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Extension of a Clinical OIS/EMR/R&V System to Deliver Safe and Efficient Adaptive Plan-Of-The-Day Treatments Using a Fully Customizable Plan-Library-Based Workflow

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A Akhiat

A. Akhiat1,2*, A.P. Kanis1 , J.J. Penninkhof1 , N. Linton2 , A. Coleman2 , S. Sodjo1 , T. O'Neill1 , S. Quint1 , X. van Doorn1 , W. Schillemans1 , B. Heijmen1 , M. Hoogeman1 , (1) Erasmus MC Cancer Institute, Radiation Oncology, Rotterdam, The Netherlands , (2) Elekta, Sunnyvale, CA, United States


SU-E-J-73 (Sunday, July 12, 2015) 3:00 PM - 6:00 PM Room: Exhibit Hall

Purpose: To extend a clinical Record and Verify (R&V) system to enable a safe and fast workflow for Plan-of-the-Day (PotD) adaptive treatments based on patient-specific plan libraries.

Methods: Plan libraries for PotD adaptive treatments contain for each patient several pre-treatment generated treatment plans. They may be generated for various patient anatomies or CTV-PTV margins. For each fraction, a Cone Beam CT scan is acquired to support the selection of the plan that best fits the patient's anatomy-of-the-day. To date, there are no commercial R&V systems that support PotD delivery strategies. Consequently, the clinical workflow requires many manual interventions. Moreover, multiple scheduled plans have a high risk of excessive dose delivery. In this work we extended a commercial R&V system (MOSAIQ) to support PotD workflows using IQ-scripting. The PotD workflow was designed after extensive risk analysis of the manual procedure, and all identified risks were incorporated as logical checks.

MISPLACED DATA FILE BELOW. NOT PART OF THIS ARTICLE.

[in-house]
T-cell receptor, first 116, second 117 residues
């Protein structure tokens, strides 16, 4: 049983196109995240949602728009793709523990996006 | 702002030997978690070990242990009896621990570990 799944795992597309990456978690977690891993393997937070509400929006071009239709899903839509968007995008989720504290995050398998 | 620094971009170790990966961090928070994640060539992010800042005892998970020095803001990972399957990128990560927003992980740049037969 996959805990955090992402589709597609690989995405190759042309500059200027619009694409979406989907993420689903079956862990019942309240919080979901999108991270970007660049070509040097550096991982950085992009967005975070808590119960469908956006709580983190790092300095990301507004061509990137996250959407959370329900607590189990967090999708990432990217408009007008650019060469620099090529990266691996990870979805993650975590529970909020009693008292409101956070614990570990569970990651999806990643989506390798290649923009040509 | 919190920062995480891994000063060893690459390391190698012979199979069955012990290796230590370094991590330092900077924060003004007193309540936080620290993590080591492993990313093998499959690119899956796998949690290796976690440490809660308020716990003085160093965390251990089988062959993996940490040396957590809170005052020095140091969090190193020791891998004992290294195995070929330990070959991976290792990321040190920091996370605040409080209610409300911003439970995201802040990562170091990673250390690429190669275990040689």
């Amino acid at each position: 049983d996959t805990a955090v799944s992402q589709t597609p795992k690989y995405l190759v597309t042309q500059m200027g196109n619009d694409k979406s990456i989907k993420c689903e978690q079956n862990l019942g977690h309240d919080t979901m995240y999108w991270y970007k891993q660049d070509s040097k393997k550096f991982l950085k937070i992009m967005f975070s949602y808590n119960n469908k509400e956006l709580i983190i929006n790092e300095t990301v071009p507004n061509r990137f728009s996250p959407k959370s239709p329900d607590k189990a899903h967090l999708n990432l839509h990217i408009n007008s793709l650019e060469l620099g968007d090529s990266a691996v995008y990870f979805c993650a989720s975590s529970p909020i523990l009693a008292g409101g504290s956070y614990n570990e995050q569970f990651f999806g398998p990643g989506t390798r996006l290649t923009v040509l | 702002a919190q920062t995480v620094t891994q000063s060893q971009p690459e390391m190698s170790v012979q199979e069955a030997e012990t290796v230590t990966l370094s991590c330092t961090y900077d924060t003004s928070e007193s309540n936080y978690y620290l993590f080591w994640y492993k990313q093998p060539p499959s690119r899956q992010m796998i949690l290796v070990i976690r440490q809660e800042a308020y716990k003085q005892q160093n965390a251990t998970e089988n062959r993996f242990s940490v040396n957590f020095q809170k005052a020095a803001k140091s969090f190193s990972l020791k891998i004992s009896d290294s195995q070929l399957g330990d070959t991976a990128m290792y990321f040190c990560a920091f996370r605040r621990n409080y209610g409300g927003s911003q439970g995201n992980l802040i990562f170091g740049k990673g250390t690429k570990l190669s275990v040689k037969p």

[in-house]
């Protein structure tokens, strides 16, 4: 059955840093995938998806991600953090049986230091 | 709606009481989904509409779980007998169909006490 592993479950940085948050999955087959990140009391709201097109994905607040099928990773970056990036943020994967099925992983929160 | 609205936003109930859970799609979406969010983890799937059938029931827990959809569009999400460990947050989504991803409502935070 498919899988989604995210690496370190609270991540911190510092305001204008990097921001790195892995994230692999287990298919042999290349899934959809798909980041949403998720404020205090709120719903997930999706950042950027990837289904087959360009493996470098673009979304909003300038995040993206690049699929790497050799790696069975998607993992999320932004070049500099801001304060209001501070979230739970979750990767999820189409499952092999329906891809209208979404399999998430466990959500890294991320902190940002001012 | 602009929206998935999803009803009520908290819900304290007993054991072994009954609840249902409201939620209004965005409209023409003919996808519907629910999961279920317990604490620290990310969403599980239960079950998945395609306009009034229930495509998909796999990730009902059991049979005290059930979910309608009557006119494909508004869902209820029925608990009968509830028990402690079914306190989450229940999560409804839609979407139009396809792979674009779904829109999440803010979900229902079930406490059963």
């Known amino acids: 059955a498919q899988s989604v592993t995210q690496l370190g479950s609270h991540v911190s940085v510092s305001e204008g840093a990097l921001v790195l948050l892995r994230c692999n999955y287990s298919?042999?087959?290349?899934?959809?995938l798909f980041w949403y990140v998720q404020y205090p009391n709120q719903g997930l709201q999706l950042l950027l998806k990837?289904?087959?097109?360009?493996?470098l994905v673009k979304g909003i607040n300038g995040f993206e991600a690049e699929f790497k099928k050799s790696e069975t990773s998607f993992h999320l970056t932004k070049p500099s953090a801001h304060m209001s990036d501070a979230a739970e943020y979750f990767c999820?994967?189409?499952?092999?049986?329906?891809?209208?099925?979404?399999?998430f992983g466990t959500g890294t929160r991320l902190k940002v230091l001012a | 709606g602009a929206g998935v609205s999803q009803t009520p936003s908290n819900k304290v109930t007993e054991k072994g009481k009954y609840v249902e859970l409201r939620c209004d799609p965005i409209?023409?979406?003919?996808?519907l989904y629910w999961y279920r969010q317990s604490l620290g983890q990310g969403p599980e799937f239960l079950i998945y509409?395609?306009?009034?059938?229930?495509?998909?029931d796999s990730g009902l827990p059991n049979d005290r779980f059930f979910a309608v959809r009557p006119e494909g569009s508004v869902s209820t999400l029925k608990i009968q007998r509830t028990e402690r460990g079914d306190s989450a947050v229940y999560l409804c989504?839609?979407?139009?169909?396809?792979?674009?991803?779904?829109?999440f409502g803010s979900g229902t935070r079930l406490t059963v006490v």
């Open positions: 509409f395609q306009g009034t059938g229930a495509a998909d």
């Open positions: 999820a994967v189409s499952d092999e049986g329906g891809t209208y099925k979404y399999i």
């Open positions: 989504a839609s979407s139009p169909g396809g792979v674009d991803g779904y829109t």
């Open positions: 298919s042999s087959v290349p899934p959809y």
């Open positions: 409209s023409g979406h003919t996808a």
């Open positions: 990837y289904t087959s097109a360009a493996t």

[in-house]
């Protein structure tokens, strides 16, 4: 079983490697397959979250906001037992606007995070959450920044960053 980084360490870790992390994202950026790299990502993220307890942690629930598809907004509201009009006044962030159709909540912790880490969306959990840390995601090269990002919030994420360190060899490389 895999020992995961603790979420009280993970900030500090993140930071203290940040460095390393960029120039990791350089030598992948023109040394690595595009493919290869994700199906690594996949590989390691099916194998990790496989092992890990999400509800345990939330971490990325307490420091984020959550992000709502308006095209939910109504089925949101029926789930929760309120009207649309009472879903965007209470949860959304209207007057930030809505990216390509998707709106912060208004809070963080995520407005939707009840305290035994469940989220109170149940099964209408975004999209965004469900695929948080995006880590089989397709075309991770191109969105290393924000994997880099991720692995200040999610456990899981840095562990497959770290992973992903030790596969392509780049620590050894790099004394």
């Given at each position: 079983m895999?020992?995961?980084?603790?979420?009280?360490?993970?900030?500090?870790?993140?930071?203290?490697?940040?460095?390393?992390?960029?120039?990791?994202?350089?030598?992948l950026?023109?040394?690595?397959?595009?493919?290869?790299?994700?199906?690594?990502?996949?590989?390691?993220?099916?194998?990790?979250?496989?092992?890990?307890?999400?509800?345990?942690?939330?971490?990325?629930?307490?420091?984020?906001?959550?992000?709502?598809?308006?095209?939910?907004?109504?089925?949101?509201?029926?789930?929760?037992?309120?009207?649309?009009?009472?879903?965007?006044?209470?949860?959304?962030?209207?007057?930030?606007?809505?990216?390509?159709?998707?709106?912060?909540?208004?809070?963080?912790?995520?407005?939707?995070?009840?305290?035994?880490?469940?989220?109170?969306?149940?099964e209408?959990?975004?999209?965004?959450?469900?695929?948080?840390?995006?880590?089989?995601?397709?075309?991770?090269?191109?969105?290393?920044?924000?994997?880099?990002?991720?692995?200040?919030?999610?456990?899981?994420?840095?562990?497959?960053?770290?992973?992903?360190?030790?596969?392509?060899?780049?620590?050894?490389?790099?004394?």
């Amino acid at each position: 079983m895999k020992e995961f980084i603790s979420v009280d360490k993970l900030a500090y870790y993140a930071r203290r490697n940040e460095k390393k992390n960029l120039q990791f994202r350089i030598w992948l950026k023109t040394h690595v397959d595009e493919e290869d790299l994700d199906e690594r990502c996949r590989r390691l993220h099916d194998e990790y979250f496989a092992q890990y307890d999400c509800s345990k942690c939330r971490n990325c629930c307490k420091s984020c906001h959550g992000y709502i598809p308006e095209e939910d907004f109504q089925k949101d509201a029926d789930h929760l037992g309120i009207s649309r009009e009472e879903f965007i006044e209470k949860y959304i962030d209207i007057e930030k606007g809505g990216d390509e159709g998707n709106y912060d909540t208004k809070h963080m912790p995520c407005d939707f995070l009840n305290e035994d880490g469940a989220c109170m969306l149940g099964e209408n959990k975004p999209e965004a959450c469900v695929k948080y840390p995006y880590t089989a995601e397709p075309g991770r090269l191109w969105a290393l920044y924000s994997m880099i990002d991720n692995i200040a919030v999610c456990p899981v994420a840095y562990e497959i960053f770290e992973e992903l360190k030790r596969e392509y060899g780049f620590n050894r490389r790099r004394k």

Results: All manual PotD activities were automated. The workflow first identifies if the patient is scheduled for PotD, then performs safety checks, and continues to treatment plan selection only if no issues were found. The user selects the plan to deliver from a list of candidate plans. After plan selection, the workflow makes the treatment fields of the selected plan available for delivery by adding them to the treatment calendar. Finally, control is returned to the R&V system to commence treatment. Additional logic was added to incorporate off-line changes such as updating the plan library. After extensive testing including treatment fraction interrupts and plan-library updates during the treatment course, the workflow is running successfully in a clinical pilot, in which 35 patients have been treated since October 2014.

Conclusion: We have extended a commercial R&V system for improved safety and efficiency in library-based adaptive strategies enabling a wide-spread implementation of those strategies.

Funding Support, Disclosures, and Conflict of Interest: This work was in part funded by a research grant of Elekta AB, Stockholm, Sweden.

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